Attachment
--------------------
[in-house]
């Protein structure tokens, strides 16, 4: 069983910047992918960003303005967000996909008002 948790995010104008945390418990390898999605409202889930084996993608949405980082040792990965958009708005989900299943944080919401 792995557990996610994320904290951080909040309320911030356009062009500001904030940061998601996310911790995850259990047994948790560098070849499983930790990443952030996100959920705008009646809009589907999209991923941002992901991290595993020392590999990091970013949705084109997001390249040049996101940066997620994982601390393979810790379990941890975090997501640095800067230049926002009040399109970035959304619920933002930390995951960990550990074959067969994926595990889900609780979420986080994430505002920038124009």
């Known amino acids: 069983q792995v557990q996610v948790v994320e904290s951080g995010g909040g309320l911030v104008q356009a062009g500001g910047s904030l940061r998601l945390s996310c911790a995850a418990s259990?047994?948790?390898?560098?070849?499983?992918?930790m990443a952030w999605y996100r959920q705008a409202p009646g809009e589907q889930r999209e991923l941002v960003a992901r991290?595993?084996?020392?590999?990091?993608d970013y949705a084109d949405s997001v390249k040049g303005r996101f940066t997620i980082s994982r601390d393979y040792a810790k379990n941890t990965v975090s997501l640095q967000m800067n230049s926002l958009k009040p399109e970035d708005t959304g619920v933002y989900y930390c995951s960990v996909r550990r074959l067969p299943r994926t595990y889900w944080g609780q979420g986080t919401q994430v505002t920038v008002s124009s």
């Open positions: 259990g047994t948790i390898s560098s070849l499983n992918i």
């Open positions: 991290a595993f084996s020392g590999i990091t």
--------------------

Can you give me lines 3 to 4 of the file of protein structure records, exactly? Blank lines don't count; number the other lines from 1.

């Known amino acids: 069983q792995v557990q996610v948790v994320e904290s951080g995010g909040g309320l911030v104008q356009a062009g500001g910047s904030l940061r998601l945390s996310c911790a995850a418990s259990?047994?948790?390898?560098?070849?499983?992918?930790m990443a952030w999605y996100r959920q705008a409202p009646g809009e589907q889930r999209e991923l941002v960003a992901r991290?595993?084996?020392?590999?990091?993608d970013y949705a084109d949405s997001v390249k040049g303005r996101f940066t997620i980082s994982r601390d393979y040792a810790k379990n941890t990965v975090s997501l640095q967000m800067n230049s926002l958009k009040p399109e970035d708005t959304g619920v933002y989900y930390c995951s960990v996909r550990r074959l067969p299943r994926t595990y889900w944080g609780q979420g986080t919401q994430v505002t920038v008002s124009s």
């Open positions: 259990g047994t948790i390898s560098s070849l499983n992918i």